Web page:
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Cape Co. ranks third for quality of life
High average incomes and plenty of doctors make Cape Girardeau County one of the most livable rural counties in Missouri, a Southeast Missouri State University economics professor said Friday.
Among the 81 counties studied, Cape Girardeau County ranked third in the state, said professor Dr. Bruce Domazlicky. Camden County ranked first in the state.
Cape Girardeau County ranked first in per-capita personal income at $28,480 and third in the ratio of the population to the number of doctors, Domazlicky said. Cape Girardeau County has one doctor for every 256 people.
"Cape Girardeau's crime rate brought it down; otherwise it would have ranked No. 1," he said.
Cape Girardeau County had a high crime rate, ranking it 74th in that category, he said. Only seven counties had worse crime rates.
He rated the counties as part of a research project. Domazlicky, who directs the Center for Economic and Business Research, disclosed his findings at the eighth annual economics conference at Southeast.
About 40 economic development officials and students attended the morning conference at Dempster Hall's Glenn Auditorium. Five economic and finance department faculty members and a student reported on their research studies ranging from the economic cost of high school dropouts to the quality of life issue.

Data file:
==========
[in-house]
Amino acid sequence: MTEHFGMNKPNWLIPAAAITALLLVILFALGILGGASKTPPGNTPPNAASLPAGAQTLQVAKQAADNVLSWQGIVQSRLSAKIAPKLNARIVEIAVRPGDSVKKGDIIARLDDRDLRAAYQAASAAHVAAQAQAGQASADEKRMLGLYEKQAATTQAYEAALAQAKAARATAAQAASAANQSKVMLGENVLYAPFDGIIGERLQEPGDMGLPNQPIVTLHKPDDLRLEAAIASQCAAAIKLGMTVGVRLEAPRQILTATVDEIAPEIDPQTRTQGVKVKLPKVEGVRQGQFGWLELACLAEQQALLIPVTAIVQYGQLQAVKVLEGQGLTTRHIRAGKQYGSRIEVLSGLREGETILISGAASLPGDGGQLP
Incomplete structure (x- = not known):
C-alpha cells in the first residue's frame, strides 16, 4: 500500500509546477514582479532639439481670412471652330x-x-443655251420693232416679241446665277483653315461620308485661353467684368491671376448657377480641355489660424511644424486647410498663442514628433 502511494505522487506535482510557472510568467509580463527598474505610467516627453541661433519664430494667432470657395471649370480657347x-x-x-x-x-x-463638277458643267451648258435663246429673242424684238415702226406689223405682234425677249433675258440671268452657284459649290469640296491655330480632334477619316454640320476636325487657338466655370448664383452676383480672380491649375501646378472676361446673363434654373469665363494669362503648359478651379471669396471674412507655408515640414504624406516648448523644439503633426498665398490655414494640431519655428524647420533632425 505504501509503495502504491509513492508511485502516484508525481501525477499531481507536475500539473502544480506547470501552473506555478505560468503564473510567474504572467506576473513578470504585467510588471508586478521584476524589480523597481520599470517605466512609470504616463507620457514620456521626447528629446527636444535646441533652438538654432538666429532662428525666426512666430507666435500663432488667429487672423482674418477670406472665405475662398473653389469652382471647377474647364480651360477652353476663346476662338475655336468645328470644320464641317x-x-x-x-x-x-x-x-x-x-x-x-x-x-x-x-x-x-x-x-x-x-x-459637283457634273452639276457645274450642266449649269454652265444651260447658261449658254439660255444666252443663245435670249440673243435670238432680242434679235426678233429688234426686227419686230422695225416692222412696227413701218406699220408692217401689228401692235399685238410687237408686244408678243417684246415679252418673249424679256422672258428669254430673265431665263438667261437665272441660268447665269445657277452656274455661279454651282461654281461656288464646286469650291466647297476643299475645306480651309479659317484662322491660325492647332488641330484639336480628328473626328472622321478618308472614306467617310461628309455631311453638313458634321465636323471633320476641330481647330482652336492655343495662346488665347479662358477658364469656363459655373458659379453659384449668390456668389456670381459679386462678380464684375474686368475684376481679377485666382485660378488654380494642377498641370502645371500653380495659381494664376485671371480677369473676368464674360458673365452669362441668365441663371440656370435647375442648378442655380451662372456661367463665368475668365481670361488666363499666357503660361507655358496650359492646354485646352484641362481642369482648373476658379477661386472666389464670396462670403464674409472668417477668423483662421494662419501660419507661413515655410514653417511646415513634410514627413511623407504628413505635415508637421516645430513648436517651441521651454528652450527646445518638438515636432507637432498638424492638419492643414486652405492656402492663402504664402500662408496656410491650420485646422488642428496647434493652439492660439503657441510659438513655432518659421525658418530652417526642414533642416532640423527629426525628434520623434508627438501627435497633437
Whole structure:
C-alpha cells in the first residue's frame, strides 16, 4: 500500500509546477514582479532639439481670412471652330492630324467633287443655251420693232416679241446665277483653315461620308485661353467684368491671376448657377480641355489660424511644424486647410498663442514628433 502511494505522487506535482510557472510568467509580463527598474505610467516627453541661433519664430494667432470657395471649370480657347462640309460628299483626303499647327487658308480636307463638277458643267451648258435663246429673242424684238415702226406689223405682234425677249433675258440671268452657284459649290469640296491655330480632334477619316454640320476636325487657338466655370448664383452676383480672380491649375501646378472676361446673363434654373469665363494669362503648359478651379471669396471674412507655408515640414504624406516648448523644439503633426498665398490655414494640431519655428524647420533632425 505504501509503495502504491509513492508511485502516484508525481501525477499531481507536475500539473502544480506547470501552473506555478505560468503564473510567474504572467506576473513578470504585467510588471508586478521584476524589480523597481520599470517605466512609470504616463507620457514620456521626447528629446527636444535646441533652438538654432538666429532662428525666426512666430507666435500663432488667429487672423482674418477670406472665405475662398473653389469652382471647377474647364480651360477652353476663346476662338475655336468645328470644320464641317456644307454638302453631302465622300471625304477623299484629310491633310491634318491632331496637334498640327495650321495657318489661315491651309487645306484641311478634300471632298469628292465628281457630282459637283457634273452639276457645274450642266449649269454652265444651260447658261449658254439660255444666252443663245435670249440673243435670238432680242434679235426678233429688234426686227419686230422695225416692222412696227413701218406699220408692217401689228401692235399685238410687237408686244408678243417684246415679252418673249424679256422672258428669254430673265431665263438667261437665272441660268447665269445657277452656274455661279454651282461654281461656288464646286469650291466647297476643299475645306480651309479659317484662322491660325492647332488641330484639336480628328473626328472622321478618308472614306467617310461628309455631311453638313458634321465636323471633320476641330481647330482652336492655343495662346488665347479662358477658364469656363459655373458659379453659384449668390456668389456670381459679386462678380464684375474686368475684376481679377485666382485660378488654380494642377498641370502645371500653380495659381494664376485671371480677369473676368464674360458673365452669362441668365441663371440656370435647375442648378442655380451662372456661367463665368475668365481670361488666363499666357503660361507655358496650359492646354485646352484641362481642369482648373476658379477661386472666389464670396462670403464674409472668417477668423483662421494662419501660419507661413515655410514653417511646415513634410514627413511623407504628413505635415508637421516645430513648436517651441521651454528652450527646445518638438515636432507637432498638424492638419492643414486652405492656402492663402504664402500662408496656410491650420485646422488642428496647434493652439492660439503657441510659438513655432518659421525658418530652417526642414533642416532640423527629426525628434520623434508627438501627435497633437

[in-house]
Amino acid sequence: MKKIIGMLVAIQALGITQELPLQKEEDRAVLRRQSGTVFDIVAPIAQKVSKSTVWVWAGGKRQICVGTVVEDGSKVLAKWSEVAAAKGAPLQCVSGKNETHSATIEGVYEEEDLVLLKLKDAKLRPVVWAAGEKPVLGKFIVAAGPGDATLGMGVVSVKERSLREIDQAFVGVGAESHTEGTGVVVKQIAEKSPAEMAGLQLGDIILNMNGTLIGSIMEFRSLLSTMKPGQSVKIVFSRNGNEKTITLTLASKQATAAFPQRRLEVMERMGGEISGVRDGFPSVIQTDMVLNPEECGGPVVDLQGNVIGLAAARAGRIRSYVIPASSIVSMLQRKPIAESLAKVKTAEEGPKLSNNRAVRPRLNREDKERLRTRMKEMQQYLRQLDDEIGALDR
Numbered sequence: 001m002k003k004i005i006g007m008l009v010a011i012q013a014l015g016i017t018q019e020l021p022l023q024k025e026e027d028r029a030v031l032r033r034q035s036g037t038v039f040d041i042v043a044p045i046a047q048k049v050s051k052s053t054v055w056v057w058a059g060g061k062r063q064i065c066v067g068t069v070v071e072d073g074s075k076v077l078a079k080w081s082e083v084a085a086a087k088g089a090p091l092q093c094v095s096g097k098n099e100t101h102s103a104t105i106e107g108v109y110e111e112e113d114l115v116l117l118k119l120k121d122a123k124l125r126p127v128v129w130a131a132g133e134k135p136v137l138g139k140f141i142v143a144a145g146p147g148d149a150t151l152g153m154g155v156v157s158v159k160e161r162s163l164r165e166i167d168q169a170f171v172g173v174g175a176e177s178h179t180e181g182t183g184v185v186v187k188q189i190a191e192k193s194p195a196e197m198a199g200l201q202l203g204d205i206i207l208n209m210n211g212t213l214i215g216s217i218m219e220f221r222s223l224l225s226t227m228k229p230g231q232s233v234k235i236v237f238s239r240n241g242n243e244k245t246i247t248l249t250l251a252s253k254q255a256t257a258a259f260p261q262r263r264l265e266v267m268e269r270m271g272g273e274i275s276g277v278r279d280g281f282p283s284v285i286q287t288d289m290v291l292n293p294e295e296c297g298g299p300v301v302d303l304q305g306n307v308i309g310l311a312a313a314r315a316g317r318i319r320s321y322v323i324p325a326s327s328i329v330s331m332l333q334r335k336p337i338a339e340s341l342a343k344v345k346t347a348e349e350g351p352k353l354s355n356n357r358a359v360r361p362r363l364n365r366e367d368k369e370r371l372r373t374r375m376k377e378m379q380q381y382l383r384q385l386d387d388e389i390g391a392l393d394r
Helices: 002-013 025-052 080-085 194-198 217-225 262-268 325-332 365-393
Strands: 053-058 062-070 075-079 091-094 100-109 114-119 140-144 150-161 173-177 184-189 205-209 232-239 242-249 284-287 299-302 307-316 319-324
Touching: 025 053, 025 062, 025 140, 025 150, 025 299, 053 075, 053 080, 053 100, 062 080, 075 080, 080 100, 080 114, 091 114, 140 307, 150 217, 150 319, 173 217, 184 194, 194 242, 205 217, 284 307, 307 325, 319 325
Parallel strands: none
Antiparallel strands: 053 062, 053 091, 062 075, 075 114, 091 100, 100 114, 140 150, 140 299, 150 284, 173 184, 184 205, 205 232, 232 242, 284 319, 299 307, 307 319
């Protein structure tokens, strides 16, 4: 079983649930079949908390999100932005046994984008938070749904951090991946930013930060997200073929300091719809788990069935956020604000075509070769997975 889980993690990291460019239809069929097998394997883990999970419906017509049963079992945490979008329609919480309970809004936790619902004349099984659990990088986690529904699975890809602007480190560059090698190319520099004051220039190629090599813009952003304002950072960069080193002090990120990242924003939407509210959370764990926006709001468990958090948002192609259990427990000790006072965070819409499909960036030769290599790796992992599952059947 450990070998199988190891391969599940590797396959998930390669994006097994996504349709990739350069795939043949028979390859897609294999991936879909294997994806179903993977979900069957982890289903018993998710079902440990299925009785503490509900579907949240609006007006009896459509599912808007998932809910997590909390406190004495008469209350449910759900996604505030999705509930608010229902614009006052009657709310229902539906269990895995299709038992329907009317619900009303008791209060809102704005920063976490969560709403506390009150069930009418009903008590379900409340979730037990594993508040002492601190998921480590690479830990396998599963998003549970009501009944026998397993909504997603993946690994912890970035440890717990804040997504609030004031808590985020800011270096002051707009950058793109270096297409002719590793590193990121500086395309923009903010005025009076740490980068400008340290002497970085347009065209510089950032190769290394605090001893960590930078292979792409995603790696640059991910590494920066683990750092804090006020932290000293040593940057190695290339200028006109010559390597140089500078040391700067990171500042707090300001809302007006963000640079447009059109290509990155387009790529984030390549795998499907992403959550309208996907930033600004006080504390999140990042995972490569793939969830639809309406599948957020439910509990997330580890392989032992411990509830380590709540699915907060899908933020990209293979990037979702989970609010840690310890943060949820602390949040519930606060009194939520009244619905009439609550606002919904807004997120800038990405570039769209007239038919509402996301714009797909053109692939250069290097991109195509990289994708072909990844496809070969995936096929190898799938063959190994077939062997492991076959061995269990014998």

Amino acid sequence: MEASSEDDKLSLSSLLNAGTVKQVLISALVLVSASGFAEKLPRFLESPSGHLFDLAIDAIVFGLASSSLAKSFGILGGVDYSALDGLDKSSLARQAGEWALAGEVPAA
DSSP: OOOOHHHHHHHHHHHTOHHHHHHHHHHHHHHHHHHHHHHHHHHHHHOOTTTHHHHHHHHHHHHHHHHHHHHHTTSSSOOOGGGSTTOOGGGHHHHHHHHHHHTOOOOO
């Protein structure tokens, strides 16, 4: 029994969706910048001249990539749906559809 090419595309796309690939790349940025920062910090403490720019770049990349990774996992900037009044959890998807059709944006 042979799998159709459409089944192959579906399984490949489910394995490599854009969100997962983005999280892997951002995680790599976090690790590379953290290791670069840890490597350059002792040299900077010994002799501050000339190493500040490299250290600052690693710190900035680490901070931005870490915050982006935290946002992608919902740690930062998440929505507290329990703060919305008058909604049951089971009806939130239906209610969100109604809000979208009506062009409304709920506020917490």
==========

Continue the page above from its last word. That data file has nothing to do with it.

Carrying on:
Perry County ranked fourth and Ste. Genevieve ranked eighth among rural counties in quality of life, Domazlicky said. Scott County ranked 46th.
Nine other Southeast Missouri counties ranked among the least livable rural counties in the state, Domazlicky said.
None of the nine counties ranked better than 70th. Three of them ranked among the worst four counties in the state. New Madrid County rated last, followed by Mississippi County. Pemiscot County finished 78th by Domazlicky's analysis.
Domazlicky looked at seven factors in assessing quality of life in Missouri's rural counties: per-capita personal income, poverty rate, unemployment rate, job growth from 1994 to 2004, population growth, crime rate and the population per physician.
Perry County had relatively good marks overall, but Domazlicky said the county suffered from little population growth and having few doctors.
Ste. Genevieve County did well except for slow job growth, he said.
Scott County ranked 11th in population per physician, but suffered overall in the rankings from relatively high poverty, unemployment and crime rates.
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